The Orange County jury found Ramos not guilty of second degree murder or involuntary manslaughter, and Cicinelli not guilty of involuntary manslaughter or excessive use of force. After the verdict, the FBI announced that it would examine evidence in the case to determine whether further investigation is warranted.
Ron Thomas, Kelly’s father, told the Associated Press, “Police officers everywhere can beat us, kill us, whatever they want, but it has been proven right here today they’ll get away with it.”
The Trans-Pacific Partnership (TPP), like the North American Free Trade Agreement (NAFTA) before it, is a “free trade” agreement in name only. The secret pact currently being negotiated between the U.S., Canada, Japan and other nations would increase the power of corporations and investors at the expense of protections for workers, consumers and the environment. An interview with Noam Chomsky about the TPP is embedded above.
While more than 600 corporate “trade advisors” help set the terms of the agreement, the public and even Congress are not allowed to know what is in it. What little we do know about the agreement is the result of leaks, including a draft chapter on intellectual property published in November by Wikileaks. Analysts have said that chapter indicated that the pact would increase corporate power by, among other things, making it more difficult for generic drugs to make it to market.
A first step in taking action on the TPP is fighting for our right to know what is in the agreement. Public Citizen is petitioning U.S. Trade Representative Ron Kirk to do just that.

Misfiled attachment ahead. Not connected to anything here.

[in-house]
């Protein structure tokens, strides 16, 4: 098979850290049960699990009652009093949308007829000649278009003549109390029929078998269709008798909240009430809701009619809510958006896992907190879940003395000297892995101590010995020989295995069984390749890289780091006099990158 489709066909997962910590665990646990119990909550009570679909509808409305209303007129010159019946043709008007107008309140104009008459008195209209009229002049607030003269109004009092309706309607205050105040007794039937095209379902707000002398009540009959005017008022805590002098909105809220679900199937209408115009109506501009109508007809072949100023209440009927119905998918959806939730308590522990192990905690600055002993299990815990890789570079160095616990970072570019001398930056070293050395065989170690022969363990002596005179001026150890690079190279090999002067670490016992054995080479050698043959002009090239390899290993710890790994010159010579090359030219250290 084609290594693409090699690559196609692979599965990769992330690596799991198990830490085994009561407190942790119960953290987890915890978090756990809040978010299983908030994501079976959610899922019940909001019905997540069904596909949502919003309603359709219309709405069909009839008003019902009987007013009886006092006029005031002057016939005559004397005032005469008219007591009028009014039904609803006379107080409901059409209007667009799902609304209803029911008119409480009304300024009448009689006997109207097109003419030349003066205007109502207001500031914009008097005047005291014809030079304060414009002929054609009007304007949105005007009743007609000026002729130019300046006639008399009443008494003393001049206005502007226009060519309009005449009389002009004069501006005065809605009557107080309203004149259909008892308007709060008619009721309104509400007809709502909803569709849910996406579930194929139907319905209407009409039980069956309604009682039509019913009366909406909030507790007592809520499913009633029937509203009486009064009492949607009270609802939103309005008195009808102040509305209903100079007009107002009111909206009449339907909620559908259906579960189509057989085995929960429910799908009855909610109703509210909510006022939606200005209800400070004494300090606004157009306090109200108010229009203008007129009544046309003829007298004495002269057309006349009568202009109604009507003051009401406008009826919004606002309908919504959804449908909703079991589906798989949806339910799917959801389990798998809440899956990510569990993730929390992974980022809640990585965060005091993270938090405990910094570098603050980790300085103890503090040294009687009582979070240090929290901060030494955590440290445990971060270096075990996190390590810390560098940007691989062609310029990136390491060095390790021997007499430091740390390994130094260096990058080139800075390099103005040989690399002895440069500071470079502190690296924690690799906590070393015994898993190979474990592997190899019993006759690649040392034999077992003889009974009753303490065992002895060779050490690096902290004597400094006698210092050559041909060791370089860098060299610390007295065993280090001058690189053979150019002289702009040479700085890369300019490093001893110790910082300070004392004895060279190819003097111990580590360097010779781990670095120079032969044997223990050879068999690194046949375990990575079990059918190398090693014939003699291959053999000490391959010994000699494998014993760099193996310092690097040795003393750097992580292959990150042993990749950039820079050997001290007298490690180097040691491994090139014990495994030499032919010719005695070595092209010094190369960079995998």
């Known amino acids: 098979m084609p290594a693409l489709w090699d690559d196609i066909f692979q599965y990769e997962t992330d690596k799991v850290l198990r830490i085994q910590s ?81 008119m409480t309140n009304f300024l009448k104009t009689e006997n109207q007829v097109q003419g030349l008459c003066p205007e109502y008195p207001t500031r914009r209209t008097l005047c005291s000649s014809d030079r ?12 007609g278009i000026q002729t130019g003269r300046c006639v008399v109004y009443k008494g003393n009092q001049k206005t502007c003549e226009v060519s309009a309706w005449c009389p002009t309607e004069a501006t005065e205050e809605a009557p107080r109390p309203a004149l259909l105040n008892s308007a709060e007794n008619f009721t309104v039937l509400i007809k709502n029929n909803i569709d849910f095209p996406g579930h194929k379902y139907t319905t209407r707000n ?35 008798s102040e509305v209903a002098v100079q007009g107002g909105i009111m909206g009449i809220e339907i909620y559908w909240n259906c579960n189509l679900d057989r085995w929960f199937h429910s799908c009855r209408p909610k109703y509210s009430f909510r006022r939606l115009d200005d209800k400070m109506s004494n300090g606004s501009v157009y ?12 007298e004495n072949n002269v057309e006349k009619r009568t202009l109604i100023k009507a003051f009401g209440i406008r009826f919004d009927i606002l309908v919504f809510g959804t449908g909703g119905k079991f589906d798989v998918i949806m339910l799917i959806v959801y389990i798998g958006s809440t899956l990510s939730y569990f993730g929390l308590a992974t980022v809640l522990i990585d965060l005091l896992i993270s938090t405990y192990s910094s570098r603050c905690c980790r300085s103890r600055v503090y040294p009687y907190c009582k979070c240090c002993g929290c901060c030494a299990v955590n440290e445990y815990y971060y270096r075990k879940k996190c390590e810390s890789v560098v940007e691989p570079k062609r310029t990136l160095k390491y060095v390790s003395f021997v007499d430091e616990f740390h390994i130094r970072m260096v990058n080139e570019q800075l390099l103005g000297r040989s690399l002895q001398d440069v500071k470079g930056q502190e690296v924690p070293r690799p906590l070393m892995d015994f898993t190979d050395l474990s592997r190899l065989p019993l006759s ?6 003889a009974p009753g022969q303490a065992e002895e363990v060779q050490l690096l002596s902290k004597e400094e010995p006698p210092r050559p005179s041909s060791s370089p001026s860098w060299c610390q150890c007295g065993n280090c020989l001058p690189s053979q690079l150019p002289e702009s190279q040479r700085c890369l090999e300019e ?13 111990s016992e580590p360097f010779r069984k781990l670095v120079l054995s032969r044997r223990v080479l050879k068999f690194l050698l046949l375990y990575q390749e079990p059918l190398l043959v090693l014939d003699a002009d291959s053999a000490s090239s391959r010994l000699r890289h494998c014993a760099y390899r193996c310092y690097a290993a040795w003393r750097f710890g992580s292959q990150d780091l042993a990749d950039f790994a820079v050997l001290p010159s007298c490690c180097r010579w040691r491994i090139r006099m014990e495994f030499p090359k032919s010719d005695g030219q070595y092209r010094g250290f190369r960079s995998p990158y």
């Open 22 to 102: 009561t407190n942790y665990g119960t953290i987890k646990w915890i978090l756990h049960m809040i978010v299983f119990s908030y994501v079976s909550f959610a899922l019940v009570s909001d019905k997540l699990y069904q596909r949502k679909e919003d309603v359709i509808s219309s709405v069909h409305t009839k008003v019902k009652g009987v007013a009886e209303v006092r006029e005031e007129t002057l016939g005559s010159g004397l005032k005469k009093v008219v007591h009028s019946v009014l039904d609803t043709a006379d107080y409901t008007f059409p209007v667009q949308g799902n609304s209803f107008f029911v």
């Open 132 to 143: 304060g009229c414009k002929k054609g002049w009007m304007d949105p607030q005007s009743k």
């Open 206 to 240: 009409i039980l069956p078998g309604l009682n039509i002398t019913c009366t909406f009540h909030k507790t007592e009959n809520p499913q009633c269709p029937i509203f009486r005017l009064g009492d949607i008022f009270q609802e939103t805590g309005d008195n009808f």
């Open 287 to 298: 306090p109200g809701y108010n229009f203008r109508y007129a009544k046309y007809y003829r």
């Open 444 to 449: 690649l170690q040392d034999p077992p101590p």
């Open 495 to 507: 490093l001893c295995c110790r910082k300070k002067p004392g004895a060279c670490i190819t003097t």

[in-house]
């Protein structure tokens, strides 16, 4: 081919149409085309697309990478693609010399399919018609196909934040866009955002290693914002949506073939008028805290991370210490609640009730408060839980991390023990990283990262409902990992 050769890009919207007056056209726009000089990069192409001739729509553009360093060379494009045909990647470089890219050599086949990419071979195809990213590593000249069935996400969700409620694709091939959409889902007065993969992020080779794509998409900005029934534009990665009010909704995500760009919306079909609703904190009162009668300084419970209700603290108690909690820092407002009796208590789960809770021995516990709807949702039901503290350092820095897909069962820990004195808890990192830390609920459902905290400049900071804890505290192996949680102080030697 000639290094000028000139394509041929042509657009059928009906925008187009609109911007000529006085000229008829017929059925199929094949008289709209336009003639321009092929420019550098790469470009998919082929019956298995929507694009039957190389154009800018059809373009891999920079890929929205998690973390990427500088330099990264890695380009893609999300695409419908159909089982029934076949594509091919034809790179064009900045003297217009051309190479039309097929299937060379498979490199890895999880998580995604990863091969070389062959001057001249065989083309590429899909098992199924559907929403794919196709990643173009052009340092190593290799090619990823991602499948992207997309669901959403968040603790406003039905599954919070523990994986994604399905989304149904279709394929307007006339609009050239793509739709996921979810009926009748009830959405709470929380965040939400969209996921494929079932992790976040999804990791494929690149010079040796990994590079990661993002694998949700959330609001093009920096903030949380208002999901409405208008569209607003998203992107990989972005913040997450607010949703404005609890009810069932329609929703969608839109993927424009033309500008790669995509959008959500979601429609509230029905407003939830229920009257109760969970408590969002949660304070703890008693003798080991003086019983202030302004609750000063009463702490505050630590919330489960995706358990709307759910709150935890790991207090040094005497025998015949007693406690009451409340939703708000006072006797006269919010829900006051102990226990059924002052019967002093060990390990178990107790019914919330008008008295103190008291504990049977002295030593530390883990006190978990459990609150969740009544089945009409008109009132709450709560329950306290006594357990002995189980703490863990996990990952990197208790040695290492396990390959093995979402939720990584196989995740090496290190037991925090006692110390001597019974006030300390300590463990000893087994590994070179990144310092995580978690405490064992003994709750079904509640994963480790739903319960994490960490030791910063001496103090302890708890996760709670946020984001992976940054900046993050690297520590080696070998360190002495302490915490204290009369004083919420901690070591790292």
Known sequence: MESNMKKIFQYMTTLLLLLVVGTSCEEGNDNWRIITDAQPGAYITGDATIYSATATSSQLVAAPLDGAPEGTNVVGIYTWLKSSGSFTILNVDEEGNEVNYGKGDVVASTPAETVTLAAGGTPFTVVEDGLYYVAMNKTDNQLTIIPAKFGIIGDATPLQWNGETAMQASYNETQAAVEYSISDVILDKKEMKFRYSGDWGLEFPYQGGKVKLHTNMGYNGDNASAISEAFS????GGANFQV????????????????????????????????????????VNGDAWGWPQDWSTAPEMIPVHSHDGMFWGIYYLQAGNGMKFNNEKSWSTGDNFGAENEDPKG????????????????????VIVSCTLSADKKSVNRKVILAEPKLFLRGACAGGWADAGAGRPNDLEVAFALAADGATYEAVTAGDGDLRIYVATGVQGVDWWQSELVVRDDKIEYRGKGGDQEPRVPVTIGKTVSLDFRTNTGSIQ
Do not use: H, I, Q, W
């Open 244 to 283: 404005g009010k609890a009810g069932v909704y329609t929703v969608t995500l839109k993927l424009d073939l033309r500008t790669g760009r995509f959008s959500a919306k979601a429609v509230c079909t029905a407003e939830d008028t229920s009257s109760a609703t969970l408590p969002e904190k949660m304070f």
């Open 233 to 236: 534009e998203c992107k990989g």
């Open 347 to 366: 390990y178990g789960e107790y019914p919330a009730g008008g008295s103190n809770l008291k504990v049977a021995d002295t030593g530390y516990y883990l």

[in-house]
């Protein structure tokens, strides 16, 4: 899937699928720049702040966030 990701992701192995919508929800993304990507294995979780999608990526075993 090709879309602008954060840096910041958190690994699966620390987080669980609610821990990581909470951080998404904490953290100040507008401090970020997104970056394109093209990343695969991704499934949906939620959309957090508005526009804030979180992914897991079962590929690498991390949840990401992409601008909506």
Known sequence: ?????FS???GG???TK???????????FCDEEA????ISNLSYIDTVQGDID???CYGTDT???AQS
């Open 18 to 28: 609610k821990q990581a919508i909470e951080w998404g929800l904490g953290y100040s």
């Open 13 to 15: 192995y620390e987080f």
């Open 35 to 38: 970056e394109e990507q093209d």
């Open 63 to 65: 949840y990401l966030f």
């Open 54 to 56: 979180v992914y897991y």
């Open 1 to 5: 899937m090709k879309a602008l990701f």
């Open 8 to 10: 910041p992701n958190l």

Recreational marijuana use became legal in Colorado on January 1, which activists hailed as a landmark event in the movement to end the drug war. Most media stories on the change have either made light of it or taken a mildly disapproving tone. Few have focused on the issue looming behind the drug policy debate: mass incarceration.
As the Drug Policy Alliance points out in “A Brief History of the Drug War,” in the 1970s, there was recognition on the part of the public and the government that pot is not a particularly dangerous drug, even as President Nixon had had it classified as a Schedule I substance. However, during the 1980s and 1990s, the drug war intensified, with the primary result being an astronomical increase in the number of Americans imprisoned for nonviolent crimes. Between 1970 and 2005, the U.S. prison population grew by 700 percent during a time when violent crime was stable or declining. Today there are more than 2 million Americans behind bars, and about 3 percent of the population is under correctional supervision. In 2011, nearly half of federal prisoners were serving time for drug offenses, according to Bureau of Justice statistics.
Politicians knew 40 years ago that marijuana was not very dangerous: Nixon’s own commission recommended decriminalization. Treatment is known to be a more effective approach to drug abuse than incarceration. But the drug war was never about protecting the population from danger.
“Look, we understood we couldn’t make it illegal to be young or poor or black in the United States, but we could criminalize their common pleasure. We understood that drugs were not the health problem we were making them out to be, but it was such a perfect issue for the Nixon White House that we couldn’t resist it.”
-John Ehrlichman, Nixon’s White House counsel
“[Nixon] emphasized that you have to face the fact that the whole problem is really the blacks. The key is to devise a system that recognizes this while not appearing to.”
-H. R. Haldeman, Nixon’s Chief of Staff, on the war on drugs